Guyana Boosts Security, Engages US to Defend Land from Venezuela

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(Bloomberg) -- Guyana said it’s intensifying security measures and engaging the US military to help it protect the oil-rich region of Essequibo, describing Venezuela’s intentions to grant oil exploration licenses in the area as a threat to its territorial integrity.

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The United Nations Security Council plans to hold a closed-door meeting on the issue Friday, according to two people familiar with the matter. Both sides will have the chance to speak before the council’s 15 members. Guyanese President Irfaan Ali said in an earlier statement that his country had asked the Security Council to take appropriate action, but no immediate decision is expected at this point, according to the people.

Venezuela’s President Nicolas Maduro further escalated tensions with Guyana over Essequibo with an order Tuesday evening that state-owned oil and mineral companies start granting exploration licenses for deposits in the region.

“We will not allow our territory to be violated nor the development of our country to be stymied by this desperate threat,” Ali said in the statement, adding that Guyana’s defense force was on full alert and has engaged its military counterparts, including the US Southern Command.

Ali and US Secretary of State Antony Blinken spoke Wednesday, with the top American diplomat offering “unwavering support for Guyana’s sovereignty.”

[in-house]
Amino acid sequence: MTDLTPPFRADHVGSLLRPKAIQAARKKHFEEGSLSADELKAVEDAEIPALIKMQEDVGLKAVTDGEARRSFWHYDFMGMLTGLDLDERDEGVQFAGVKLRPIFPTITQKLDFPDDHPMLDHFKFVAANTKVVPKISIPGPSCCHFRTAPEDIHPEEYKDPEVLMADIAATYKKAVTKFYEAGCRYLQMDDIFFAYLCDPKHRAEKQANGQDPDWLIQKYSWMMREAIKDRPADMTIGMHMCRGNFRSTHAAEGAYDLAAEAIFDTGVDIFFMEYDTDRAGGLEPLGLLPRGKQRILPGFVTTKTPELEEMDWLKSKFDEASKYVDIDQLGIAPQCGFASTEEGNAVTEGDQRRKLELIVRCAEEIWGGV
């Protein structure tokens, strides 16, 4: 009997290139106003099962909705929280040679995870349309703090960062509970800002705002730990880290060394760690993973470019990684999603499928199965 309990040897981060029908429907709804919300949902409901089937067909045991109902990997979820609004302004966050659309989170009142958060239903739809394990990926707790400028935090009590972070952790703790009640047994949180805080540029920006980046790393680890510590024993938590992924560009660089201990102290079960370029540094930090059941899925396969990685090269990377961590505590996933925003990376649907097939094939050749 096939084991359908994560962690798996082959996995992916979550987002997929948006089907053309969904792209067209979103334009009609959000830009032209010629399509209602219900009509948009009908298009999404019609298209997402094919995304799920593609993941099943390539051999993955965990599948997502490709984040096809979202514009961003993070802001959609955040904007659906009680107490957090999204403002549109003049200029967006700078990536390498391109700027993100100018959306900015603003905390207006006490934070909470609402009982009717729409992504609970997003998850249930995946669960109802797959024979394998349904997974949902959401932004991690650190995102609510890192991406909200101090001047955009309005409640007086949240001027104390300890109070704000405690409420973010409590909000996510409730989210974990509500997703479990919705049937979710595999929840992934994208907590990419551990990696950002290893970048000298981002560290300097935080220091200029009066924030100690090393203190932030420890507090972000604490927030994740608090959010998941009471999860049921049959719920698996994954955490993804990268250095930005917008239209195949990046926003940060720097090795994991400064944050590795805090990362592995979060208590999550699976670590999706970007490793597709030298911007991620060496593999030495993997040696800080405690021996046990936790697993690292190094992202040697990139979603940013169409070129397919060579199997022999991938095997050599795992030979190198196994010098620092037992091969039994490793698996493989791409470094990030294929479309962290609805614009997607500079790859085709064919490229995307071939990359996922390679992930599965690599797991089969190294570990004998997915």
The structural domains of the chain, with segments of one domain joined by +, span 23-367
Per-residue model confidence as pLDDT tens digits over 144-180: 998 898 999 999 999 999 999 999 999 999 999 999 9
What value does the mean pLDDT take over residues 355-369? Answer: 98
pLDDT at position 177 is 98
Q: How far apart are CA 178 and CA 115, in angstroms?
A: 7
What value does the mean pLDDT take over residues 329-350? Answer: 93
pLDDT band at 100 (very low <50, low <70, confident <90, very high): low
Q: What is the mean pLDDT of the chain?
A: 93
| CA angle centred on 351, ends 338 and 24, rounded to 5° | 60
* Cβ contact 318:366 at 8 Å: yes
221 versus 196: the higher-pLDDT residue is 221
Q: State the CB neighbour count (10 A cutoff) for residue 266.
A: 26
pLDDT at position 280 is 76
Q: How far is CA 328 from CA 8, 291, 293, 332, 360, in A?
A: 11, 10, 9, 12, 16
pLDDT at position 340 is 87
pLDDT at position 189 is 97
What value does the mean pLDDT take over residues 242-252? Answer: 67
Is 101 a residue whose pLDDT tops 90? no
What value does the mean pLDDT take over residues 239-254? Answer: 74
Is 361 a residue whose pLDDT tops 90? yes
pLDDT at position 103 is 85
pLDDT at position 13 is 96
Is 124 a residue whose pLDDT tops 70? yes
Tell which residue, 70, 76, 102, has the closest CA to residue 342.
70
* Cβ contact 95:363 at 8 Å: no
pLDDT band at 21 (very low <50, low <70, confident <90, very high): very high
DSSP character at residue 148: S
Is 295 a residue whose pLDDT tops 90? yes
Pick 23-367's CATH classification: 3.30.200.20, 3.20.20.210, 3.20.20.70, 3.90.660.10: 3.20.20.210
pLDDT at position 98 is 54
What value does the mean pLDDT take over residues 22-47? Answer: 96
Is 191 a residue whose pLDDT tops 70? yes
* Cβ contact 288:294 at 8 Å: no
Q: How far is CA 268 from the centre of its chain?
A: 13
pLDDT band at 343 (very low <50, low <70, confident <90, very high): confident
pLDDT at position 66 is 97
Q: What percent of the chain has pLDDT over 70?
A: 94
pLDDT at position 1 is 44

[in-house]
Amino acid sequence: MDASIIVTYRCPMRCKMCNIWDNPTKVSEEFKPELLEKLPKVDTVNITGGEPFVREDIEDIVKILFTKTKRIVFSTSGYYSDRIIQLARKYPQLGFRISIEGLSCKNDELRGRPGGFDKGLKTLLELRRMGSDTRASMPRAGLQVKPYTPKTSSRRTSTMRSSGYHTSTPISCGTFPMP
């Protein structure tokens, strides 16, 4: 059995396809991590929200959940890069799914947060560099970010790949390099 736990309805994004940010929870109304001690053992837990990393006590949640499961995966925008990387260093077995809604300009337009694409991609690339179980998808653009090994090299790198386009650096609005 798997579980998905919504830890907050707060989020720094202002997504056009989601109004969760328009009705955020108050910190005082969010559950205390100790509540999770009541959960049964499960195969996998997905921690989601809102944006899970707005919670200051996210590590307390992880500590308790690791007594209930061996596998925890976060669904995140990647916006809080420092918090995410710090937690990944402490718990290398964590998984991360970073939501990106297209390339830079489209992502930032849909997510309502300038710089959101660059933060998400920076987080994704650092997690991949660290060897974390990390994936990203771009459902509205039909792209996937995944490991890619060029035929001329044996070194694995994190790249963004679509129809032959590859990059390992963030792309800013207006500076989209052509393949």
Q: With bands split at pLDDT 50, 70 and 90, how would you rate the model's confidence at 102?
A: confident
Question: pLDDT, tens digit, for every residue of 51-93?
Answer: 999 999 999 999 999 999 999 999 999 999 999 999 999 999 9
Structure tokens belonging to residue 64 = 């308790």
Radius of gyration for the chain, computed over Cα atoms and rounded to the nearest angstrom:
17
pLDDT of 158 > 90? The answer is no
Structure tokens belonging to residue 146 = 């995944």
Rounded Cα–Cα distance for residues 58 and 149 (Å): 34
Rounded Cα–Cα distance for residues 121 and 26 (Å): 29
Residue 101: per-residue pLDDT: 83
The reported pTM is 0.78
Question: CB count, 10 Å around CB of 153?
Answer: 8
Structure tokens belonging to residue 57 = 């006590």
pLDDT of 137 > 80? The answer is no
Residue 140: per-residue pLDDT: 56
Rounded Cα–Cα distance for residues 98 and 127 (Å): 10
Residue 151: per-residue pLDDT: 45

Guyana is set to join the Security Council for a two-year term in January. Before that, it needs a sitting member of the council to introduce on its behalf a draft proposal that would be binding if approved by the body.

Read More: Brazil’s Military on Watch as Venezuela-Guyana Tension Rises

Stronger Rhetoric

In a televised statement, Maduro also ordered foreign oil companies working in Essequibo to withdraw, asserting his right to do so after Venezuelan voters backed plans to regain control of the territory in a referendum Sunday. Guyana has insisted that Essequibo is within its borders, and the matter is currently being analyzed by the International Court of Justice, though Maduro has said he doesn’t recognize its jurisdiction.

Maduro hasn’t yet dispatched any military forces to carry out his demands. On Tuesday, he said he’d create a military unit for the disputed territory but that it would be based in a neighboring Venezuelan state.

“I propose a special law to prohibit all companies that work under Guyana concessions from any transaction,” Maduro said. “They have three months to withdraw” once his proposal is approved, he said.

The tension with Guyana is also part of Maduro’s efforts to whip up domestic support ahead of Venezuela’s presidential election next year, analysts including Nicholas Watson of Teneo Holdings have said. By that measure, last weekend’s referendum fell short. Polling places appeared empty, though the government officially said almost half the voting population had participated.

Read More: Maduro Fails to Rally Venezuelan Nationalism in Vote Over Border

While Venezuela and Guyana have disputed the sparsely populated territory of Essequibo since the 19th century, the discussion has grown more heated in recent years following massive oil discoveries off Guyana’s coast by companies including Exxon Mobil Corp.

In September, Guyana’s government said it would award concessions for the exploration of new oil blocks by the end of the year, infuriating Maduro, whose government has said some of those blocks are in waters that have not been delimited or belong to Venezuela.

--With assistance from Augusta Saraiva.

(Adds call with the US Secretary of State in fifth paragraph.)

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